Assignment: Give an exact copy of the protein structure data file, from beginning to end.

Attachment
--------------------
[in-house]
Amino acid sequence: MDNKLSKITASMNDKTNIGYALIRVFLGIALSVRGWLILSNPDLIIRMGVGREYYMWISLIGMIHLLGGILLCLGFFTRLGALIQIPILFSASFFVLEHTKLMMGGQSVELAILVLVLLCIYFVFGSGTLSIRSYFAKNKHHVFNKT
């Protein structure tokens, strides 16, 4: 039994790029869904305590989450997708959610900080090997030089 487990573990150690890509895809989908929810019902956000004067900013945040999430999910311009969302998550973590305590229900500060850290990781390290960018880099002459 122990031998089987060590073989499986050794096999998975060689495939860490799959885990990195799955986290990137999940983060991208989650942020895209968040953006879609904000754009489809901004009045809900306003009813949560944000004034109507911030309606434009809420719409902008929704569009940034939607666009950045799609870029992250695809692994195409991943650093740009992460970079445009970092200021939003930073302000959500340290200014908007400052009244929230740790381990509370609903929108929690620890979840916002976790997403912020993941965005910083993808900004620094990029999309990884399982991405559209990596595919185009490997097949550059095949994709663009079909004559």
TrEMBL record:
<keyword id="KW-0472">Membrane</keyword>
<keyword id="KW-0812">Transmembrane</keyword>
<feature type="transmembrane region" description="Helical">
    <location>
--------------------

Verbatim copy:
[in-house]
Amino acid sequence: MDNKLSKITASMNDKTNIGYALIRVFLGIALSVRGWLILSNPDLIIRMGVGREYYMWISLIGMIHLLGGILLCLGFFTRLGALIQIPILFSASFFVLEHTKLMMGGQSVELAILVLVLLCIYFVFGSGTLSIRSYFAKNKHHVFNKT
């Protein structure tokens, strides 16, 4: 039994790029869904305590989450997708959610900080090997030089 487990573990150690890509895809989908929810019902956000004067900013945040999430999910311009969302998550973590305590229900500060850290990781390290960018880099002459 122990031998089987060590073989499986050794096999998975060689495939860490799959885990990195799955986290990137999940983060991208989650942020895209968040953006879609904000754009489809901004009045809900306003009813949560944000004034109507911030309606434009809420719409902008929704569009940034939607666009950045799609870029992250695809692994195409991943650093740009992460970079445009970092200021939003930073302000959500340290200014908007400052009244929230740790381990509370609903929108929690620890979840916002976790997403912020993941965005910083993808900004620094990029999309990884399982991405559209990596595919185009490997097949550059095949994709663009079909004559």
TrEMBL record:
<keyword id="KW-0472">Membrane</keyword>
<keyword id="KW-0812">Transmembrane</keyword>
<feature type="transmembrane region" description="Helical">
    <location>